WASHINGTON – U.S. Senators Ted Cruz (R-Texas) and Mike Lee (R-Utah) introduced legislation last week which would give states the freedom to define marriage as between one man and one woman.
In a Thursday press release, Senators Cruz and Lee introduced the “State Marriage Defense Act” (S. 2024), which would preserve states’ ability to define marriage in a manner consistent with the values of their citizens. The act would also “protect states from an out of control administration that is seeking to force same sex marriage upon states that define marriage as the union between one man and one woman.”
“I support traditional marriage,” Cruz said in the statement. “The Obama Administration should not be trying to force gay marriage on all 50 states. We should respect the states, and the definition of marriage should be left to democratically elected legislatures, not dictated from Washington. This bill will safeguard the ability of states to preserve traditional marriage for its residents.”
As previously reported, the U.S. Supreme Court struck down the federal Defense of Marriage Act (DOMA) last summer, which defined marriage as between one man and one woman. Cruz and Lee say the State Marriage Defense Act is largely a response to the Obama Administration’s “inconsistency” since the DOMA Supreme Court decision.
Last month, U.S. Representative Randy Weber (R-Texas) introduced the “State Marriage Defense Act of 2014,” which is the House of Representatives version of the legislation supported by Cruz and Lee. The bill currently has nearly 30 sponsors in the House.
“The 10th Amendment was established to protect state sovereignty and individual rights from being seized by the federal government,” Weber explained. “For too long, however, the federal government has slowly been eroding state’s rights by promulgating rules and regulations through federal agencies.”
“I drafted the ‘State Marriage Defense Act of 2014’ to help restore the 10th Amendment, affirm the authority of states to define and regulate marriage, as well as, provide clarity to federal agencies seeking to determine who qualifies as a spouse for the purpose of federal law,” Weber added. “By requiring that the Federal Government defer to the laws of a person’s state of legal residence in determining marital status, we can protect states’ constitutionally established powers from the arbitrary overreach of unelected bureaucrats.”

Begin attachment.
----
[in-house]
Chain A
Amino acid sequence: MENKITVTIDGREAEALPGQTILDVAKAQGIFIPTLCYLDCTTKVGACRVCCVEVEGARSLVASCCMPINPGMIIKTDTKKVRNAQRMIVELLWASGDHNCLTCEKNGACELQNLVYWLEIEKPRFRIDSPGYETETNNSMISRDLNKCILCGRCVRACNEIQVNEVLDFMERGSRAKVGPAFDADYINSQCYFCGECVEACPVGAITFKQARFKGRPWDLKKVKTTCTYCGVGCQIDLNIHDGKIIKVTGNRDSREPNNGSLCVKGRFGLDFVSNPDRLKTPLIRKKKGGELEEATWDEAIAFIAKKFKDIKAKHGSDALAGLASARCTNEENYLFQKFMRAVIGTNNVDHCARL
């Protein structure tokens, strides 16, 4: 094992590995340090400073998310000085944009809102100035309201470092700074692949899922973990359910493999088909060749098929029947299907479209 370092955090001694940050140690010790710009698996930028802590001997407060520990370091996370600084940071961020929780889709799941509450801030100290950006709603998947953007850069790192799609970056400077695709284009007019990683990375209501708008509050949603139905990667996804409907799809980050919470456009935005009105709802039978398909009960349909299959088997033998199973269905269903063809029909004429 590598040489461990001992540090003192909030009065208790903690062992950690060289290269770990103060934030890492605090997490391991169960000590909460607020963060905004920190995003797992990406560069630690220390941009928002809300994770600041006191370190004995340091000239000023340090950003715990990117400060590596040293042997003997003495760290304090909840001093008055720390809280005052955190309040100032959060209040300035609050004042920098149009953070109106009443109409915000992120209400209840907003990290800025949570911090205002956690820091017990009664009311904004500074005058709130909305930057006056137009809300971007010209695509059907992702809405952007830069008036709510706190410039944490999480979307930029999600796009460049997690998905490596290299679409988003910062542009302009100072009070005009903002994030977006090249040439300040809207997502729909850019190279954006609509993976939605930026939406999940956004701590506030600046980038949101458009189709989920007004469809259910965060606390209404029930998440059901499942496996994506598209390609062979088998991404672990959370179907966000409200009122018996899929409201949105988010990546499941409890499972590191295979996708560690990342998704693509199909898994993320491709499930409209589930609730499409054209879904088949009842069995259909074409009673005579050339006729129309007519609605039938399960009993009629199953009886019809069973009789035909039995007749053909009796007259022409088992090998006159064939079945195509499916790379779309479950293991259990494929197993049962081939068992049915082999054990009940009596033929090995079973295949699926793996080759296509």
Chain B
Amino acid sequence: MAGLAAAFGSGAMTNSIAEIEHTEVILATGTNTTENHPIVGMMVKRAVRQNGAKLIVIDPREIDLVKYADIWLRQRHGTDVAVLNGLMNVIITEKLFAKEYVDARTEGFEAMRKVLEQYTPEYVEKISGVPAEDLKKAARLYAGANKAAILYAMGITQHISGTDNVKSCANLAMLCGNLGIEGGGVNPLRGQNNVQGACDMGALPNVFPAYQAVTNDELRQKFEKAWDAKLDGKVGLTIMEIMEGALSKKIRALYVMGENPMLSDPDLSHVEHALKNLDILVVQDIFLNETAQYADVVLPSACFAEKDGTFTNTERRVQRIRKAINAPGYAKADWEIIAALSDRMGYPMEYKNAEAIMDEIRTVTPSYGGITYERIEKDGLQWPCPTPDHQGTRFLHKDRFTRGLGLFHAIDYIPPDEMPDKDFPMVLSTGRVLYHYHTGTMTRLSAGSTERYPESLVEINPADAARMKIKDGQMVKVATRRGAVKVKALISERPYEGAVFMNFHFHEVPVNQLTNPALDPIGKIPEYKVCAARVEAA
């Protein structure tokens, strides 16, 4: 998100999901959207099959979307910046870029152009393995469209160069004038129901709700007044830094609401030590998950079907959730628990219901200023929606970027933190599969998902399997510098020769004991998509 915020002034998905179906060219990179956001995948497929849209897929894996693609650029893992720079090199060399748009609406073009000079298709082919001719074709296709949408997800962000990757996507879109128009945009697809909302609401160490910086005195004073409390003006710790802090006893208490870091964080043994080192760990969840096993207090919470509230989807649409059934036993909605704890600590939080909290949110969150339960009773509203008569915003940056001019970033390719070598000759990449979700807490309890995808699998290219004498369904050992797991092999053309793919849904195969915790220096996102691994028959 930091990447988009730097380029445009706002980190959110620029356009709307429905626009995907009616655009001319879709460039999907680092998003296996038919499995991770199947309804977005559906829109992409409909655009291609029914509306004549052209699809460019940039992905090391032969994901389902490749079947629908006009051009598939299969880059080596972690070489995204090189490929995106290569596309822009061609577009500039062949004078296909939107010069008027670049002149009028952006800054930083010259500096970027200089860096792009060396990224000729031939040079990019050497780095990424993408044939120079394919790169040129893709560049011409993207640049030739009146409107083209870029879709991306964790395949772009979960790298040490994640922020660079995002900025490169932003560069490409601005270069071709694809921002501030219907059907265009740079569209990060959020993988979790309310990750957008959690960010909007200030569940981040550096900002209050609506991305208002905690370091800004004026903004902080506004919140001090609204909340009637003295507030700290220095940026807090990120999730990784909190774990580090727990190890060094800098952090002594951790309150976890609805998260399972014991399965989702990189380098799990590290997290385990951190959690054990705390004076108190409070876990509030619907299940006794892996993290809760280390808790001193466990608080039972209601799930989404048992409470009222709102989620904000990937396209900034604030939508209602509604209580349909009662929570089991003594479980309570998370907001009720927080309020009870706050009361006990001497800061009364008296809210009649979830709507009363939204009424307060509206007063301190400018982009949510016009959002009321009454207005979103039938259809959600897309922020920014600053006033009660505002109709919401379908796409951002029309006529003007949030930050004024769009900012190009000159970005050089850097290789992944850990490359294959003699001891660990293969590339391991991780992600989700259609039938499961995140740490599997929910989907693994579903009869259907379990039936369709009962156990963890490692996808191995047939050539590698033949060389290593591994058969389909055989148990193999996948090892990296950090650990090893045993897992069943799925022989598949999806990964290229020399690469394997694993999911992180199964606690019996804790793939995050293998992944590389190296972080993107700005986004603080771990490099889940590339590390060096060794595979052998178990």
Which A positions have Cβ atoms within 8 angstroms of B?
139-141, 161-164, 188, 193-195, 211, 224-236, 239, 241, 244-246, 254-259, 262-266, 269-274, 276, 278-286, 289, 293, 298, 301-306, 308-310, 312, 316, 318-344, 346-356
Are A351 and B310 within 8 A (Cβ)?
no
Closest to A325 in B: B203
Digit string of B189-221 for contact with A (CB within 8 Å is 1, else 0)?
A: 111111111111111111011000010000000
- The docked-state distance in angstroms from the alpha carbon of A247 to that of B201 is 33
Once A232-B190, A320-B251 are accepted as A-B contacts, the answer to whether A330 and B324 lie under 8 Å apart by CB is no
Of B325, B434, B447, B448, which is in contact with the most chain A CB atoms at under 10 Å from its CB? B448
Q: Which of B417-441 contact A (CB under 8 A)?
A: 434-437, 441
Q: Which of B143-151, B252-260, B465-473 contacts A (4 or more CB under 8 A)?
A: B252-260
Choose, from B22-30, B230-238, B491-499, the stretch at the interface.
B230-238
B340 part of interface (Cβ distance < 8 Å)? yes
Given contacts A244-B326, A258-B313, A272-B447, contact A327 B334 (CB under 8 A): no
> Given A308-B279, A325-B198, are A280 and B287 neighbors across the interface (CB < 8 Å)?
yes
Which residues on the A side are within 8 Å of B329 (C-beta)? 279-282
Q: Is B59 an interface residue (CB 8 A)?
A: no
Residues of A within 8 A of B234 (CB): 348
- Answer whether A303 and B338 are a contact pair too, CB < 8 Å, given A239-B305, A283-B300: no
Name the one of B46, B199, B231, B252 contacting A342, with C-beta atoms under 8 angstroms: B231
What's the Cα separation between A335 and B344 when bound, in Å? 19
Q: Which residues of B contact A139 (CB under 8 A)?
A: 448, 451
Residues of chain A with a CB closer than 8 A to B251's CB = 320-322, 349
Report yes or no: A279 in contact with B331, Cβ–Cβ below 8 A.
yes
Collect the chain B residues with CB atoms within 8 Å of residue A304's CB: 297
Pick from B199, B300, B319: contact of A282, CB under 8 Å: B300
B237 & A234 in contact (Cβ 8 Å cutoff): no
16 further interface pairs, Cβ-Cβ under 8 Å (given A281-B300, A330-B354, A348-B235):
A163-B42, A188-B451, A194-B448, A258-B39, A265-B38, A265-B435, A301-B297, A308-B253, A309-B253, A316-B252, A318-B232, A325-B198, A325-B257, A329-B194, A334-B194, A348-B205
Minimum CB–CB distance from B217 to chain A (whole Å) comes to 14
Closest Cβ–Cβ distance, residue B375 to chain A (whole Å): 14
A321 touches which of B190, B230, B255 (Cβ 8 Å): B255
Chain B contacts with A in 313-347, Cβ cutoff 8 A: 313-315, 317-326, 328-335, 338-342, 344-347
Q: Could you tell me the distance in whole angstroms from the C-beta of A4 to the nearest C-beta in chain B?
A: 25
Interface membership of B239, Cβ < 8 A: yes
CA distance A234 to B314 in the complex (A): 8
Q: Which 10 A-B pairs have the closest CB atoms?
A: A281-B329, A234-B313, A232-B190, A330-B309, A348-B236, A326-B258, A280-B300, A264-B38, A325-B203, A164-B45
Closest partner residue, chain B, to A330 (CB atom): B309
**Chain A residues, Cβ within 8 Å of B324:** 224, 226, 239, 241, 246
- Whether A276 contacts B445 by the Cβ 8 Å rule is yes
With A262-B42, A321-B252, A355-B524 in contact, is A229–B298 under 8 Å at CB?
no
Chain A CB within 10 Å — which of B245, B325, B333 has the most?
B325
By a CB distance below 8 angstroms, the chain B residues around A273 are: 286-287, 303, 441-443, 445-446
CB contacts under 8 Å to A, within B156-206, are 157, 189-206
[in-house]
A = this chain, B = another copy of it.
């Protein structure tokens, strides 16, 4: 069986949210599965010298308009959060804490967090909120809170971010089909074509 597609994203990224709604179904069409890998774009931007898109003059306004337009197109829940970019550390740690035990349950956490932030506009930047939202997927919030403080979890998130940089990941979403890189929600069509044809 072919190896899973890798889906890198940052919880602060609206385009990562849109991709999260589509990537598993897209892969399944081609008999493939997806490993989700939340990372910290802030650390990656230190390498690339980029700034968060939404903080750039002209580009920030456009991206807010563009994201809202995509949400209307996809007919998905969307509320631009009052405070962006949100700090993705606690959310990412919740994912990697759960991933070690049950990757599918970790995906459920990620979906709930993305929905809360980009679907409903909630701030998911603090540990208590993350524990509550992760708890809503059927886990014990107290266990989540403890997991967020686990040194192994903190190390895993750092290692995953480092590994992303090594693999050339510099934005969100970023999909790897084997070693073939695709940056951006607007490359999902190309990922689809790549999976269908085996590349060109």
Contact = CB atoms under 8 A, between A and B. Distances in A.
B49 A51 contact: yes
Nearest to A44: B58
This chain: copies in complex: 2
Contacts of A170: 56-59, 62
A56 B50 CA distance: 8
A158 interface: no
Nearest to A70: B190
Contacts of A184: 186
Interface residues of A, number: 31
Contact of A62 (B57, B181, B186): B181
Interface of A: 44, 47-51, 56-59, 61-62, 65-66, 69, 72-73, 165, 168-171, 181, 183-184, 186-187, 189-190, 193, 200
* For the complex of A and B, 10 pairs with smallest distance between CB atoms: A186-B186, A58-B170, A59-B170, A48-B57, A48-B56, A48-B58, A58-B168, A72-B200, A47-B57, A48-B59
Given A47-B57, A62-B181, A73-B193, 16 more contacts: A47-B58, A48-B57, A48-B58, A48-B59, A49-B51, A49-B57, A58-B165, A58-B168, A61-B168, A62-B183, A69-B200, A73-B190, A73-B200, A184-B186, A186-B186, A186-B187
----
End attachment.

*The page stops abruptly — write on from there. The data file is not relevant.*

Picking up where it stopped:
Family Research Council President Tony Perkins praised the State Marriage Defense Act, noting that marriage redefinition leads to unfortunate consequences.
“In recent months, we have witnessed the growing serious consequences of redefining marriage,” Perkins wrote in a statement. “We’ve seen wedding florists, bakers, photographers who have been hauled into court, fined and even ordered to violate their religious beliefs by participating in same-sex weddings.”
Senator Lee says the State Marriage Defense Act would protect states which support traditional marriage.
“How a state should define marriage should be left up to the citizens of each state,” Lee stated in a release. “It is clear the Obama administration finds the principles of federalism inconvenient in its effort to force states to redefine the institution of marriage. The State Marriage Defense Act provides an important protection for states, respecting the right to choose for themselves how each will treat the institution of marriage under the law.”